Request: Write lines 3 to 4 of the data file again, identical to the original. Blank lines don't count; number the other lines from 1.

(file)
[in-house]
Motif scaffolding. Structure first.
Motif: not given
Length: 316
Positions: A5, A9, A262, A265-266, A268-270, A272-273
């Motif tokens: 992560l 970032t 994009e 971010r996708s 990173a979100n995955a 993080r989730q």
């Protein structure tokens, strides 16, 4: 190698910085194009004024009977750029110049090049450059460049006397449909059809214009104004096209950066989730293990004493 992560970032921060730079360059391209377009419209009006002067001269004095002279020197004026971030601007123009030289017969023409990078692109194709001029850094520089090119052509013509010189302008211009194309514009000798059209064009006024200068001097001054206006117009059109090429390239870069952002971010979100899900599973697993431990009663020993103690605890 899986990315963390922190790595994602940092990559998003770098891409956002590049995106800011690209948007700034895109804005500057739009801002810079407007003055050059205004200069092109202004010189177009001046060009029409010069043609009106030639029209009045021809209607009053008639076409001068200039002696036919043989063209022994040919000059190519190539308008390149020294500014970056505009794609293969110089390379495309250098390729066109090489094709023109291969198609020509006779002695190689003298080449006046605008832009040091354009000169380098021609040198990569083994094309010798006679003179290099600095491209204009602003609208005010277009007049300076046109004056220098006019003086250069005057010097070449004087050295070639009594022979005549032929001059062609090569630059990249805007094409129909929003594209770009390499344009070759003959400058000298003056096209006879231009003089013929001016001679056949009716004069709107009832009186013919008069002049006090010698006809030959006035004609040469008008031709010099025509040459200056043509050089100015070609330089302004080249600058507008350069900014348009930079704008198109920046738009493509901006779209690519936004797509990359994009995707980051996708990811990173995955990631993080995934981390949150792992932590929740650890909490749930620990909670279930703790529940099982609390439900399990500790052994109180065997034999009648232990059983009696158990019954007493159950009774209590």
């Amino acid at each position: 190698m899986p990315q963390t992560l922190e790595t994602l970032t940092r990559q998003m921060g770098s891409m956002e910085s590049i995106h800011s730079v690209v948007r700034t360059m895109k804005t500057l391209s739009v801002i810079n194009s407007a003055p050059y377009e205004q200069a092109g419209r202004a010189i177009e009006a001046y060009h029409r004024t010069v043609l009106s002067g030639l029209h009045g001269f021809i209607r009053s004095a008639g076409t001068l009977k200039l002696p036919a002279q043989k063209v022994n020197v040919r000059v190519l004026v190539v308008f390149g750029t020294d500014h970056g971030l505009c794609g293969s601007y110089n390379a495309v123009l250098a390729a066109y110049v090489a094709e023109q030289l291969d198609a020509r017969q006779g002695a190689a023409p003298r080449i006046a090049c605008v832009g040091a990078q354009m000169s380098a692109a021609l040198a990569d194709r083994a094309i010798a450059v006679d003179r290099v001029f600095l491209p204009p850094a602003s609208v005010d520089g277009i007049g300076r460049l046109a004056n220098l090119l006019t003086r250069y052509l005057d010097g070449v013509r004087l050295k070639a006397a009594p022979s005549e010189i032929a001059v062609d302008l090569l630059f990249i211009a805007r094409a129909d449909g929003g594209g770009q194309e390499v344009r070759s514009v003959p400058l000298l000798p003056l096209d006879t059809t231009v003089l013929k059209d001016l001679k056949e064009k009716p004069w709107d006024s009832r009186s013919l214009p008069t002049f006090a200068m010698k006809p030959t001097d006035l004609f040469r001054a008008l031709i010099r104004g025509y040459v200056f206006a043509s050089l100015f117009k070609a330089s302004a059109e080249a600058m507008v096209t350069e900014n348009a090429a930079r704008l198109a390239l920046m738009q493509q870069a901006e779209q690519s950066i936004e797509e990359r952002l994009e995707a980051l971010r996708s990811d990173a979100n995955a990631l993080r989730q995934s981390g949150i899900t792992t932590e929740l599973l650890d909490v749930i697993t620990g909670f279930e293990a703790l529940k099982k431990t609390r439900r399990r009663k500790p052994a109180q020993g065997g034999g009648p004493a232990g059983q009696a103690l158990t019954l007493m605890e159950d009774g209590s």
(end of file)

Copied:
Motif: not given
Length: 316